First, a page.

The Content Standard (TCS) is the content hub within the much bigger Skyword, a company that helps marketers create and implement effective content marketing strategies.
One day, the TCS team realized that, though they were preaching about the best practices in content marketing, they weren’t exactly practicing it themselves.
So, they decided to relaunch their site to better reflect what they had been teaching all along and what they would learn. In that spirit, a few months later, they decided to document everything in a series where they’d discuss everything they learned during the relaunch.
One such element they include in the series is the influence user experience had on their design process and decisions.
Outlining their process, Ted Karczewski says that the UX is important primarily because:
- It determines how long a user stays on your website and the number of goals they complete, and
- It has an effect on ranking. In fact, SEO is now better defined as Search Experience Optimization (SXO), first introduced by Google’s Matt Cutts in 2012.
Karczewski admits that at first they weren’t sure what they wanted their site to look like. They knew they wanted a sustainable design that also could help them increase the search visibility around Skyword, as a brand.
They came up with a three-stage process to help them.
First, they researched the important elements needed to help cater for the SEO aspect of their ideal website design. Second was the aesthetics. For this, they got inspiration from other content publishing sites in their niche that they liked and frequently visited then noted the best qualities. Lastly, they knew they needed a responsive design alternative to help them capture the mobile audience. So, they worked to achieve that too.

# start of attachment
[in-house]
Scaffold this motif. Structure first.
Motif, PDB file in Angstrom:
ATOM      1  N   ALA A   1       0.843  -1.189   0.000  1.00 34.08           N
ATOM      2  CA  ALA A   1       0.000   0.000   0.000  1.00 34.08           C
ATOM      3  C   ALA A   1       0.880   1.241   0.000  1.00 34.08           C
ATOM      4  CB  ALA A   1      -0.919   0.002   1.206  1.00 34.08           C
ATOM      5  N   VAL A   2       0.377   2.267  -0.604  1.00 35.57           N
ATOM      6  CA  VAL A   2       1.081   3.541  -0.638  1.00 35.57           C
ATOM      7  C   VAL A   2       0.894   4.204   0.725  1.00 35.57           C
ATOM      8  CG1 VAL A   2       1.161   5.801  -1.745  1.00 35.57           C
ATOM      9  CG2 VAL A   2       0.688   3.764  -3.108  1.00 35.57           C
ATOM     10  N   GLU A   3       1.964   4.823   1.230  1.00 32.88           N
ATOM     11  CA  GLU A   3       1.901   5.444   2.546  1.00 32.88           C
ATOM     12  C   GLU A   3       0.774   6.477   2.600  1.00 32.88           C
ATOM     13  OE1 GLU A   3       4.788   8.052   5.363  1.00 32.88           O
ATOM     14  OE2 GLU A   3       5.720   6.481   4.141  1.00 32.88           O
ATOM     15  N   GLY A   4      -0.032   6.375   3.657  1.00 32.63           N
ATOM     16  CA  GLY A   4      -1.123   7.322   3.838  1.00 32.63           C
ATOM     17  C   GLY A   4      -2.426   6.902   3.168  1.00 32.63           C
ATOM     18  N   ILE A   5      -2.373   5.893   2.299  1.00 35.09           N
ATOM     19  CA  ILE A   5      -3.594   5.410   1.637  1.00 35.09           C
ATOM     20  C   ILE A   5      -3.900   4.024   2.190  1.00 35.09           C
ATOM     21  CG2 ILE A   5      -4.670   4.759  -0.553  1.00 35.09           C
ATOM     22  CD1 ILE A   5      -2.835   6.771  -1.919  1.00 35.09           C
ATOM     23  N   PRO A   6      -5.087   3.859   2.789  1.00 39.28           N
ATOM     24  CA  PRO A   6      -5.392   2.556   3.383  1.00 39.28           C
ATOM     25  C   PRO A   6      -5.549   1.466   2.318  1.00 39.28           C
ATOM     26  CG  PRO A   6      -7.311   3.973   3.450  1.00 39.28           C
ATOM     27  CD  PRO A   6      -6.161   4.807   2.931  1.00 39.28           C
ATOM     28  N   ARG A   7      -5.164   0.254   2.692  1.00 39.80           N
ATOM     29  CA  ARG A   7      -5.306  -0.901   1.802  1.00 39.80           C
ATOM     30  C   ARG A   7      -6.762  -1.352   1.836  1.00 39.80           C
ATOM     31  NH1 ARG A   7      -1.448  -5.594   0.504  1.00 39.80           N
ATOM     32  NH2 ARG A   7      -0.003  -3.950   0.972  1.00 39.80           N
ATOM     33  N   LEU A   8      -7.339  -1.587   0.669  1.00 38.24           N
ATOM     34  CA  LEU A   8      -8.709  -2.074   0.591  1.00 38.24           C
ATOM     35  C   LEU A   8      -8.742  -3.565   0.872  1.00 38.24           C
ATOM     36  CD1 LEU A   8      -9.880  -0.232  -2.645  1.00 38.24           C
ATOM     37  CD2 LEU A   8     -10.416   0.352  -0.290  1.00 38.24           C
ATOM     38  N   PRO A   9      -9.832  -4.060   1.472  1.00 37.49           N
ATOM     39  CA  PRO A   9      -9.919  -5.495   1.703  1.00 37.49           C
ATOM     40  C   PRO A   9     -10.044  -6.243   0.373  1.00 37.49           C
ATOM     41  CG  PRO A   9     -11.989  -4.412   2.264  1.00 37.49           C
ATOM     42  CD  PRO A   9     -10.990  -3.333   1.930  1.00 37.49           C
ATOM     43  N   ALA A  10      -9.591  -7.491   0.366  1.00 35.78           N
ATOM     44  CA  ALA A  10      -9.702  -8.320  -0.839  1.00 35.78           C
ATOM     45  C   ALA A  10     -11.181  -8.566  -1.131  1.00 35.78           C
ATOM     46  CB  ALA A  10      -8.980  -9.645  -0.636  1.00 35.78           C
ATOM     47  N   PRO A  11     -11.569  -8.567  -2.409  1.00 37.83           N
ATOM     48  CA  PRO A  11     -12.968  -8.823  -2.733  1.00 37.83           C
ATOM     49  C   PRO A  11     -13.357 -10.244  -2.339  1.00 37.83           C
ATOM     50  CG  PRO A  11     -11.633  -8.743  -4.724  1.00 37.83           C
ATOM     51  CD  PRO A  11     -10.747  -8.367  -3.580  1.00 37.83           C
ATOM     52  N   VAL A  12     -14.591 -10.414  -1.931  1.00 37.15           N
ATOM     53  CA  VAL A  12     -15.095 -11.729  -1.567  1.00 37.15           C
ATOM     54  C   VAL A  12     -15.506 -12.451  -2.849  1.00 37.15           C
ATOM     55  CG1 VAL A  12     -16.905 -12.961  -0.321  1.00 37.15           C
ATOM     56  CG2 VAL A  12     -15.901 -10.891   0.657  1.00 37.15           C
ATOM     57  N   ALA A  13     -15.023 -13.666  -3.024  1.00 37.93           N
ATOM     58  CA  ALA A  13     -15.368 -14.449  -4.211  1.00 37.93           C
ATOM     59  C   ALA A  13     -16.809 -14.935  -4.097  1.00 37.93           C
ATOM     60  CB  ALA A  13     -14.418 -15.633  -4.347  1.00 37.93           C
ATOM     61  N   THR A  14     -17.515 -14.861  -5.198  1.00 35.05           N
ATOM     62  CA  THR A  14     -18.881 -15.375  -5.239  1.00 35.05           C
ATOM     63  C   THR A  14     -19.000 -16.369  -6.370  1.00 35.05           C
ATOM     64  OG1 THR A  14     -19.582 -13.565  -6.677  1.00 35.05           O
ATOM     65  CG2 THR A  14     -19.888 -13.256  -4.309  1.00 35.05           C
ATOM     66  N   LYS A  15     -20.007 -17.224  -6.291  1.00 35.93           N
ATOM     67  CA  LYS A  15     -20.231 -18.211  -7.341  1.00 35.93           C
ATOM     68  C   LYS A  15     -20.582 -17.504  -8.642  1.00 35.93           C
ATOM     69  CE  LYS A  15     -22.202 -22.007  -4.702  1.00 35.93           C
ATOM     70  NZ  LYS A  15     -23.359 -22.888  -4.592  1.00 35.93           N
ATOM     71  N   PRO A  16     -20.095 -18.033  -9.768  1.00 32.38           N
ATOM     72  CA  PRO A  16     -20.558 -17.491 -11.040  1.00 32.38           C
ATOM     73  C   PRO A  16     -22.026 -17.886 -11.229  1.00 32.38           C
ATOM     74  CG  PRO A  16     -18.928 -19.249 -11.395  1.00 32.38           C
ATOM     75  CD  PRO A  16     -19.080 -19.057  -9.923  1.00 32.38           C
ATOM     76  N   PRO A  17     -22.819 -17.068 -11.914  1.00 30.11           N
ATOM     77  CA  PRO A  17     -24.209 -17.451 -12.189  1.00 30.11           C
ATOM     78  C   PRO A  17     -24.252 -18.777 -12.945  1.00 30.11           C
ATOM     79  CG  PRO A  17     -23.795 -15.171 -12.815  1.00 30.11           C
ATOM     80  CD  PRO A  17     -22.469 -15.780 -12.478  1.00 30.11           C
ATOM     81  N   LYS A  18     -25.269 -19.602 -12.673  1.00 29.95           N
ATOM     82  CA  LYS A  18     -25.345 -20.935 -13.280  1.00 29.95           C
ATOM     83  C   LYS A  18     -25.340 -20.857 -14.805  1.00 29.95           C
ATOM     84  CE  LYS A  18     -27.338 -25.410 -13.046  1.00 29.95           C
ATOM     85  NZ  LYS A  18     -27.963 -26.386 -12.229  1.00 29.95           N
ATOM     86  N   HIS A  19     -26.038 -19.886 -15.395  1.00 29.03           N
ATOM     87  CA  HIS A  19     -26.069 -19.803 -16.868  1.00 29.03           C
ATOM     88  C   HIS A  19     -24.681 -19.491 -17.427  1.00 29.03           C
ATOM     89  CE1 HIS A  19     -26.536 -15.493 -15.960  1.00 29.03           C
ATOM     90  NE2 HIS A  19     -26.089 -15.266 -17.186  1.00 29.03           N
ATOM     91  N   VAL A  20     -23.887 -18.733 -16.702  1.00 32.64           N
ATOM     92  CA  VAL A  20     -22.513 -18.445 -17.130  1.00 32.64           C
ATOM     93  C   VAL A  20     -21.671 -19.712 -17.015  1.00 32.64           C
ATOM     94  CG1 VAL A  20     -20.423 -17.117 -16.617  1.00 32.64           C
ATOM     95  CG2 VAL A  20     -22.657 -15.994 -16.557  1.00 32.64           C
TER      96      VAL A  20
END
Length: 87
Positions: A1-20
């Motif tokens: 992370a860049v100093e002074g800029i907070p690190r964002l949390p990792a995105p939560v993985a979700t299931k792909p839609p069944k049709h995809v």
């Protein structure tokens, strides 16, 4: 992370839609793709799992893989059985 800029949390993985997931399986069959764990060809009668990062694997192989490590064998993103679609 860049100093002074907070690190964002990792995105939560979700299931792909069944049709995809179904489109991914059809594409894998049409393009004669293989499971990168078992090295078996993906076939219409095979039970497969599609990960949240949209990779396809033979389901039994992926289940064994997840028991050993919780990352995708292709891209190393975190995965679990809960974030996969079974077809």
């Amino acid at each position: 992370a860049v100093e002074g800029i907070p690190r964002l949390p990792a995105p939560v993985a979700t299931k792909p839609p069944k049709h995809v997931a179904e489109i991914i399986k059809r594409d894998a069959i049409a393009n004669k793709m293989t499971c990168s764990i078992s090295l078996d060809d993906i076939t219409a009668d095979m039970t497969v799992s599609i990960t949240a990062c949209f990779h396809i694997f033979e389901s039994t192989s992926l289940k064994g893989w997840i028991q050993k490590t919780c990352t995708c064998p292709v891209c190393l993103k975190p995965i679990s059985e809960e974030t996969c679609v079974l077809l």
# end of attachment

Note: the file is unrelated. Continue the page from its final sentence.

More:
Here are the stages:
Stage one: Recognizing the effect on SEO
Besides creating a great experience for your digital visitors, you have to make sure that the site is also optimized for search when it goes live. Great UX designers work to find the sweet spot where the design balances SEO with UX.
To create a compliant design, TCS referenced Google’s 2012 page layout algorithm and its 2014 update. Google explains, “Rather than scrolling down the page past a slew of ads, users want to see content right away. Sites that don’t have much content ‘above-the-fold’ can be affected by this change.” The 2014 update however, warns against having too much content above the fold.
In line with these guidelines, TCS looked at some of the top publishers and realized that many of them had highly visual websites with blog images consuming much of the above-the-fold space. They were concerned that this would cost them and reduce the SEO value. Also, they were afraid that users wouldn’t respond well to having to scroll too much before they could read the content.
These, Karczewski says, are the two most important SEO-based questions you’ll have to ask yourself when designing or redesigning your website. And considering there is no clear answer out there, you just have to go with an opinion––your own opinion.
So, how did it go for them? Did it work?
Karczewski says that they haven’t noticed any SEO consequences stemming from their decision to have a visual-first approach. From a UX perspective, however, he says they noticed higher bounce and exit rates and had to run split tests to know if they needed to reduce the image size to present their content higher on the page.